The fight of their lives
14 February 2022
Student climate activists have held thousands of demonstrations around the world to make their presence felt in the lead up to the 26th annual UN Climate Change Conference of the Parties (COP26). Held in Glasgow from 31 October to 12 November, COP26 was one of the largest gatherings of global leaders in history.
Capping a year of catastrophic “once-in-a-century” wildfires, floods and storms that foreshadowed an uncertain and frightening future, the student-led School Strike 4 Climate (SS4C) kicked off on 15 October in Australia with 10,000 people attending virtual meetups and rallies in 40 locations across Australia.
The students are supported by teacher unions around the world.
Education International (EI) launched a toolkit for teachers (Teach for Climate Action) after its Mobilising Educators for Climate Change Education conference. EI called on member organisations in the Asia-Pacific to urge governments and delegates to COP26 to ensure quality climate change education for all and to recognise its role in a just transition to a more sustainable world.
In Australia, the AEU, together with the NTEU and IEU – representing almost 300,000 educators – commended the aims of the SS4C movement.
“We know students are counting on us to support their democratic right to express their views and take direct action on the impacts of climate change and to put pressure on the Morrison government,” says AEU Federal President Correna Haythorpe.
For young activists who became involved in SS4C in 2019, in the wake of Greta Thunberg’s sit-in outside the Swedish parliament, being part of a global movement brings benefits. There’s an opportunity to be part of an enormous and valuable network of like-minded collaborators, sharing strategies and goals, and well-founded fears and pessimism.
Bella Burgemeister heard the call to action at age 10, inspired by The World’s Largest Lesson, a video about the United Nation’s Sustainable Development Goals featuring Pakistani activist Malala Yousufzai. She was so moved, she wrote the book Bella’s Challenge to encourage other young people to act on climate and sustainability.
Three years later she joined SS4C, campaigning alongside a phalanx of student activists in an enormous global movement. Now 15, Burgemeister deftly handles the daunting task of climate activism as the powerful dither, while finding time to play sport, hang with friends, and study at TAFE in a university pathway she hopes will end with a degree in social work.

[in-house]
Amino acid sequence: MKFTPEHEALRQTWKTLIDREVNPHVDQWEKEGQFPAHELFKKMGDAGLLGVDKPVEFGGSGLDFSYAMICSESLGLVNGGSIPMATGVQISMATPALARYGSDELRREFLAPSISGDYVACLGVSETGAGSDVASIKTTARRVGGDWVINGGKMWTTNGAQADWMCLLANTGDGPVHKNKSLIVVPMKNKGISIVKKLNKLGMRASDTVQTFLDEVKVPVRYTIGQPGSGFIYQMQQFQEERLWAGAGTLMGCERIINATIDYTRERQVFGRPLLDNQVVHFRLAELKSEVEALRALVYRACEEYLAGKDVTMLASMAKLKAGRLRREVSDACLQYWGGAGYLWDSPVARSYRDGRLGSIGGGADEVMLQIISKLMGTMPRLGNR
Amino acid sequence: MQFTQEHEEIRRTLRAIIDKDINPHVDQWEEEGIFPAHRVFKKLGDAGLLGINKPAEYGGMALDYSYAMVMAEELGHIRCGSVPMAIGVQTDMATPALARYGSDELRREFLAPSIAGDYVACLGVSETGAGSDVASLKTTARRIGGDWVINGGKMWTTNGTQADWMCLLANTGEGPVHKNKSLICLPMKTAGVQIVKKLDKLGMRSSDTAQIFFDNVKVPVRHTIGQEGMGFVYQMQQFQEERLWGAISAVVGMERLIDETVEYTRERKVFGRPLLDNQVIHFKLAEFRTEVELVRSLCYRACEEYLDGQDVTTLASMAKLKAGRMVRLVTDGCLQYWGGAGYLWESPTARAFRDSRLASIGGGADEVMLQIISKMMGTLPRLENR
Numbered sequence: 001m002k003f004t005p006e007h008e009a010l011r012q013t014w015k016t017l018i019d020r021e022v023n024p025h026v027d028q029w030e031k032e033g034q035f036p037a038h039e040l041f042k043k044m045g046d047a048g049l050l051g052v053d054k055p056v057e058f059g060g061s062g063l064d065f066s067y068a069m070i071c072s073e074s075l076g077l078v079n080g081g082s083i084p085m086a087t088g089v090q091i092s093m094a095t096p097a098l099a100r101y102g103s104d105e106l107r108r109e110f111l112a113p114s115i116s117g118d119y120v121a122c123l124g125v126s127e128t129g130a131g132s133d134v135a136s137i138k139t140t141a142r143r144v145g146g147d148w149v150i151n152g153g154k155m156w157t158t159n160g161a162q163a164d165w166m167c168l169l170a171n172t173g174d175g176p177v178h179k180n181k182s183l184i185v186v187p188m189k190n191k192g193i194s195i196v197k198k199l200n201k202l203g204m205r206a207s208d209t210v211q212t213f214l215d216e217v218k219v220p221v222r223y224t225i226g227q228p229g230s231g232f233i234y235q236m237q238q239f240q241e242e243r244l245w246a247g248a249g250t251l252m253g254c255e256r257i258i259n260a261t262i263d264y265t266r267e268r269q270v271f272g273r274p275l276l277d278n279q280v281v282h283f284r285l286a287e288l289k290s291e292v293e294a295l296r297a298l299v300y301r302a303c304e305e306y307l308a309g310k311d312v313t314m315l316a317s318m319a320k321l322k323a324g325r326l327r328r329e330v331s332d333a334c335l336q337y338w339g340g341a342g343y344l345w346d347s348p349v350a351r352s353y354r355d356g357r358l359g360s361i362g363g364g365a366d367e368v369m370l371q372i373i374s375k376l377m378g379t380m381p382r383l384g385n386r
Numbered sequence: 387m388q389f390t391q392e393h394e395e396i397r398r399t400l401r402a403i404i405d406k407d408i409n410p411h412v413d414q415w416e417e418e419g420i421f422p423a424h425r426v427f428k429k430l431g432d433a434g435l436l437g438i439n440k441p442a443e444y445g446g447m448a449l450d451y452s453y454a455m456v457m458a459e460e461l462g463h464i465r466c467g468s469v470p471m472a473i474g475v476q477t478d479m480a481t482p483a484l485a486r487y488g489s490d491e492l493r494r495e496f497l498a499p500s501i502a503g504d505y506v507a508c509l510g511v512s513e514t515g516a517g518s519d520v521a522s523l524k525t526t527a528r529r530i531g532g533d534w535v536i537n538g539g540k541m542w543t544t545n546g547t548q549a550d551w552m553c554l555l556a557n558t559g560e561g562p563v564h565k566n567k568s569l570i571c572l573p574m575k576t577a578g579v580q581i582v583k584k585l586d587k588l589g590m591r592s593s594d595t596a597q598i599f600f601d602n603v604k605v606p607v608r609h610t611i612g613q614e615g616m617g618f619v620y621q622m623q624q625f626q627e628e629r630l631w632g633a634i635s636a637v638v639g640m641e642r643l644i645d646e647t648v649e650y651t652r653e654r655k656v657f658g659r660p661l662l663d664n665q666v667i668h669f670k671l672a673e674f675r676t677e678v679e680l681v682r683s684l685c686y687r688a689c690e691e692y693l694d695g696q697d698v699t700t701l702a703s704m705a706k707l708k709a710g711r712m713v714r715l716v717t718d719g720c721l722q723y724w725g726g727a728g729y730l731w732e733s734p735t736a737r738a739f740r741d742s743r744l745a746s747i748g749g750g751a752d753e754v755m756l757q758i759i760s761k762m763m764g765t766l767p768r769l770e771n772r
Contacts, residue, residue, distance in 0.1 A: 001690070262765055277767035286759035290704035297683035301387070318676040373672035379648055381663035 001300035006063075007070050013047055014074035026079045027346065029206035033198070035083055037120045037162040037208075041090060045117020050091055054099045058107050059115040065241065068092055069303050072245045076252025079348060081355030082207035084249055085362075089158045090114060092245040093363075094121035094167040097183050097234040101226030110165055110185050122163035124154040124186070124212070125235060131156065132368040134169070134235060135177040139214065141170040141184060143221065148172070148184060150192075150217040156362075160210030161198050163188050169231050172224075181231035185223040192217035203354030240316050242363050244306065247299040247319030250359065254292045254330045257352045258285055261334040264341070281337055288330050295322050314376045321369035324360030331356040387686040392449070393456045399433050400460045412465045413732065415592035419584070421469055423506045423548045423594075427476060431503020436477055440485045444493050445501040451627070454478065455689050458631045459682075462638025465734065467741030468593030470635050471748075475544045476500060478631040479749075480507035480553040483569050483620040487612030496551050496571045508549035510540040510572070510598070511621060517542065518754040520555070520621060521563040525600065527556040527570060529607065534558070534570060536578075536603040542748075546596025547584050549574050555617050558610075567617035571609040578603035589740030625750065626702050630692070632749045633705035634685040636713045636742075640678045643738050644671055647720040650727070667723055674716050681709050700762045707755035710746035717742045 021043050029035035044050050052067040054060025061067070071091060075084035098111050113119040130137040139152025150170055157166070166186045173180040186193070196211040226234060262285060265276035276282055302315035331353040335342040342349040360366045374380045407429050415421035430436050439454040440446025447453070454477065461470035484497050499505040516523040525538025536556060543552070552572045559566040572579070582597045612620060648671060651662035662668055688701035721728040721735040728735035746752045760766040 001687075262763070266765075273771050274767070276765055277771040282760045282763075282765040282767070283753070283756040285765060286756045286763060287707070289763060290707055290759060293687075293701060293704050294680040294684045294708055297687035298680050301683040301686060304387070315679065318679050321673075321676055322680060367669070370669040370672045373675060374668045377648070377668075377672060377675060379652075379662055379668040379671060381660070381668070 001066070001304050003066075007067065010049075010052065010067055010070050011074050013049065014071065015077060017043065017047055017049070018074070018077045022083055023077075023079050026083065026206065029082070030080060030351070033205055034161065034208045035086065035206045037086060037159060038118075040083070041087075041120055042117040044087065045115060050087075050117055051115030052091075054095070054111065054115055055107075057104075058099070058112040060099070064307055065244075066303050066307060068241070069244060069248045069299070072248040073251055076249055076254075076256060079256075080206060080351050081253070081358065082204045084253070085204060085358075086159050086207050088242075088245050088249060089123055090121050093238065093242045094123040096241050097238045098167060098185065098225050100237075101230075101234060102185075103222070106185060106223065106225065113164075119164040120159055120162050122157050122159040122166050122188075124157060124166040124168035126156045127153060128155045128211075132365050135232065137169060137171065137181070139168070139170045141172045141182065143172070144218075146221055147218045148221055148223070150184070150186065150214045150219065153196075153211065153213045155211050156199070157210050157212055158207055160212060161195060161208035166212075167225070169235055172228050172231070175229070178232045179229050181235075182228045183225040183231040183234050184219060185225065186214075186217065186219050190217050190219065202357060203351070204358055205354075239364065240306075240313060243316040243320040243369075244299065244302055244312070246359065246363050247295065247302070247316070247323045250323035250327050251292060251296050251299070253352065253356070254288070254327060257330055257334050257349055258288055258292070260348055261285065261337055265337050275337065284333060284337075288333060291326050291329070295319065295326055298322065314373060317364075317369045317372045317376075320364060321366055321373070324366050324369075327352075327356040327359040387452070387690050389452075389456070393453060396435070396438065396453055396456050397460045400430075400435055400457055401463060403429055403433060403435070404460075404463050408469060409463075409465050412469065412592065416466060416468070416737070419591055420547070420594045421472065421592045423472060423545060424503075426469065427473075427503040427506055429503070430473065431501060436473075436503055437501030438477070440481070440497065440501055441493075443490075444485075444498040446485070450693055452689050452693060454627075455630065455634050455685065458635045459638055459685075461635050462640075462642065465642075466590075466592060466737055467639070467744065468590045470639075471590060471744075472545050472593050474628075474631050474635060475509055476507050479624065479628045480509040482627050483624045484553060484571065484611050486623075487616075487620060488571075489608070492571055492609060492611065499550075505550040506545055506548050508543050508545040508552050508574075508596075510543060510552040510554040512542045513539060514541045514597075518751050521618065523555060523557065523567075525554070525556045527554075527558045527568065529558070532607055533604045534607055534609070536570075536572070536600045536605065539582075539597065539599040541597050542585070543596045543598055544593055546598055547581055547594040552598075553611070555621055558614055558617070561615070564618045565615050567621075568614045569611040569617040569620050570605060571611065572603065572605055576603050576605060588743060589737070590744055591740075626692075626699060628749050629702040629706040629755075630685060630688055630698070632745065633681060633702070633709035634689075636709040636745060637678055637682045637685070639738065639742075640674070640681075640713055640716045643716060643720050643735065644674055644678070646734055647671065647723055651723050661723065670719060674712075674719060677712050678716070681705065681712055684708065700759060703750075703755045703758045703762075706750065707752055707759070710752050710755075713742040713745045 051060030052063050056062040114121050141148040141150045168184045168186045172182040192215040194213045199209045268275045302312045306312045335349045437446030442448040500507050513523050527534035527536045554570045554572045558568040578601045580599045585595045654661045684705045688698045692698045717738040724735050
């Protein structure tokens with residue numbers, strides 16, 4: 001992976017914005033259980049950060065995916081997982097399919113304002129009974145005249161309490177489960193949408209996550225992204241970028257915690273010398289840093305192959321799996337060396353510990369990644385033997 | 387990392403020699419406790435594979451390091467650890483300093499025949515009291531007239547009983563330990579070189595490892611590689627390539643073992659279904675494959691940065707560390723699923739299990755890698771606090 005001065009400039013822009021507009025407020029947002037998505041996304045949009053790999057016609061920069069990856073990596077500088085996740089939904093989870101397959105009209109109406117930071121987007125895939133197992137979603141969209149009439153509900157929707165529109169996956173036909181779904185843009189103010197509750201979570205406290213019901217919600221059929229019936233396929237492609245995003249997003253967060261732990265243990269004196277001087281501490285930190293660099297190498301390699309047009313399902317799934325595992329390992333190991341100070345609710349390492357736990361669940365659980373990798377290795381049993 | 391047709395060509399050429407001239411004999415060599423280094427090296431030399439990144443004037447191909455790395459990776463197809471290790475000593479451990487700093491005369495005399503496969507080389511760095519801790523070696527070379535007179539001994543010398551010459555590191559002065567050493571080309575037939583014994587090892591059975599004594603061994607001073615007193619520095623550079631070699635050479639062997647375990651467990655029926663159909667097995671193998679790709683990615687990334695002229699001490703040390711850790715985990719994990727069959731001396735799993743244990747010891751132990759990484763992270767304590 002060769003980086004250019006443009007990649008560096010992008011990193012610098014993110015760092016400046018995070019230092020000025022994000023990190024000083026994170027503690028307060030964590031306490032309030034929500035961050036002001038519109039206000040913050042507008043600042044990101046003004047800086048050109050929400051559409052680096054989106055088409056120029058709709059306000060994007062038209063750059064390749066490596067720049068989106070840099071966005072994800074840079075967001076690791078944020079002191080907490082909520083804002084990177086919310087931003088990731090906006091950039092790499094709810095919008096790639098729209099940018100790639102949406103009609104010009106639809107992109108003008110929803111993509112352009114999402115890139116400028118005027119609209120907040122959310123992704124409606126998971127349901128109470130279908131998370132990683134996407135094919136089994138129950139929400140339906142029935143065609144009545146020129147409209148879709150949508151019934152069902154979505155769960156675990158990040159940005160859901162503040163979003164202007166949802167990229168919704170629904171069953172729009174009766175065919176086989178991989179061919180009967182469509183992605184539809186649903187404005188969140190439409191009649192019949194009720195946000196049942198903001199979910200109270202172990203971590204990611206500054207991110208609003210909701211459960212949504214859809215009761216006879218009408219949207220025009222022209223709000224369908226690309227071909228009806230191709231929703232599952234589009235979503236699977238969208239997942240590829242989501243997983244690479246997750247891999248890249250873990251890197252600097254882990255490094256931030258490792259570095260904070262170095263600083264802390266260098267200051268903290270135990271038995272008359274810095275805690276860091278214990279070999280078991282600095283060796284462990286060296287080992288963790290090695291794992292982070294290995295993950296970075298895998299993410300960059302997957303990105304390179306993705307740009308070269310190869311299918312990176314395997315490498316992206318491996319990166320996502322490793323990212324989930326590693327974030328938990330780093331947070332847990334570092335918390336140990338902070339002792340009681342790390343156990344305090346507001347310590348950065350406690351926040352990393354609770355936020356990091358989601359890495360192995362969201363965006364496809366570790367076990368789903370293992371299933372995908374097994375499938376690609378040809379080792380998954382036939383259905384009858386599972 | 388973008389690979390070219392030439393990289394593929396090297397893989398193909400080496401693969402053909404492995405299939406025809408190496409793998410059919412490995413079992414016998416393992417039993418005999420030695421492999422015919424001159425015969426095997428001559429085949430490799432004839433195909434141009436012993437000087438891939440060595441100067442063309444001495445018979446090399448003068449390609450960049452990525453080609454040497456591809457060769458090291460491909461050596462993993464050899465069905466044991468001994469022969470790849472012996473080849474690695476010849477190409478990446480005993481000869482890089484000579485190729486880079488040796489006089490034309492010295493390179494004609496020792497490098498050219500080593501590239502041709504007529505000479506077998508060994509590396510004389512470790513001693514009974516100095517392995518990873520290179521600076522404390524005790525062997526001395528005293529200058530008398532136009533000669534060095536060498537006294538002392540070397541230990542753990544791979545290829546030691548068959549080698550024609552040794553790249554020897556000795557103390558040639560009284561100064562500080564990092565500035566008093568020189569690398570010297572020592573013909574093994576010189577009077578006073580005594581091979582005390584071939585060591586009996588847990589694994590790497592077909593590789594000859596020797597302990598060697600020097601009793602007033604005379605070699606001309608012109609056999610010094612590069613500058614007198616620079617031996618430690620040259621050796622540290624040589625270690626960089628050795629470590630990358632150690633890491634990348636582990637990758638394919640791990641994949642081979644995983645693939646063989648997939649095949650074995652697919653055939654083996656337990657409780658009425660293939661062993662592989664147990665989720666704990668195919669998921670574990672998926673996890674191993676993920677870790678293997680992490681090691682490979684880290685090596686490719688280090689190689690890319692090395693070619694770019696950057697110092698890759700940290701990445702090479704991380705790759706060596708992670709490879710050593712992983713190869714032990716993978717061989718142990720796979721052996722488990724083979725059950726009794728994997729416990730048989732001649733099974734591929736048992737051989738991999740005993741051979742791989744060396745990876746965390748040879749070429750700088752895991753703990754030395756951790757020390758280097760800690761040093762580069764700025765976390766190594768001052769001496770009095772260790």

She’s incensed by the government’s recalcitrance on setting targets for zero net emissions by 2050.
“There’s a lot of anger and sadness to see them so interested in money from the fossil fuel companies that are destroying the planet, and not thinking of the Australian people, their citizens, and what’s going to happen to future generations,” she says.
But amid the frustration is a growing appreciation that as the SS4C movement evolves, so too do its members. “A lot of them can now vote and we’re going to start putting the pressure on,” she says.
The SS4C goals include an end to new coal, oil and gas projects, including the Adani mine; 100 per cent renewable energy generations and exports by 2030; and obtaining funding for a just transition and job creation for all fossil-fuel workers and their communities.
Underlying those demands is a focus on duty of care “to make sure our governments are accountable to the people”. One person feeling the pressure is federal environment minister, Sussan Ley, who faced a class action from a determined group of indignant teens, including Burgemeister.
They argued that Ley had a duty of care to stop the approval of an extension to the Vickery coal mine in NSW because of the risk that it would exacerbate climate change and cause them serious harm in the future. The Australia Federal Court found in the students’ favour, but the minister appealed the ruling. A decision was still pending at the time of publication.
Regardless of the outcome, Burgemeister says it was a “powerful” experience to be part of. “Amazing lawyers took us through every part of the process and so many people around the world got involved in helping us as well.”
She says teachers, too, are welcome to lend their support: “If you’re passionate about this, if you want action, join us. Because the bigger the numbers, the more voices we have, the more powerful we become.”
By Cyndi Tebbel
This article was originally published in the Australian Educator, Summer 2021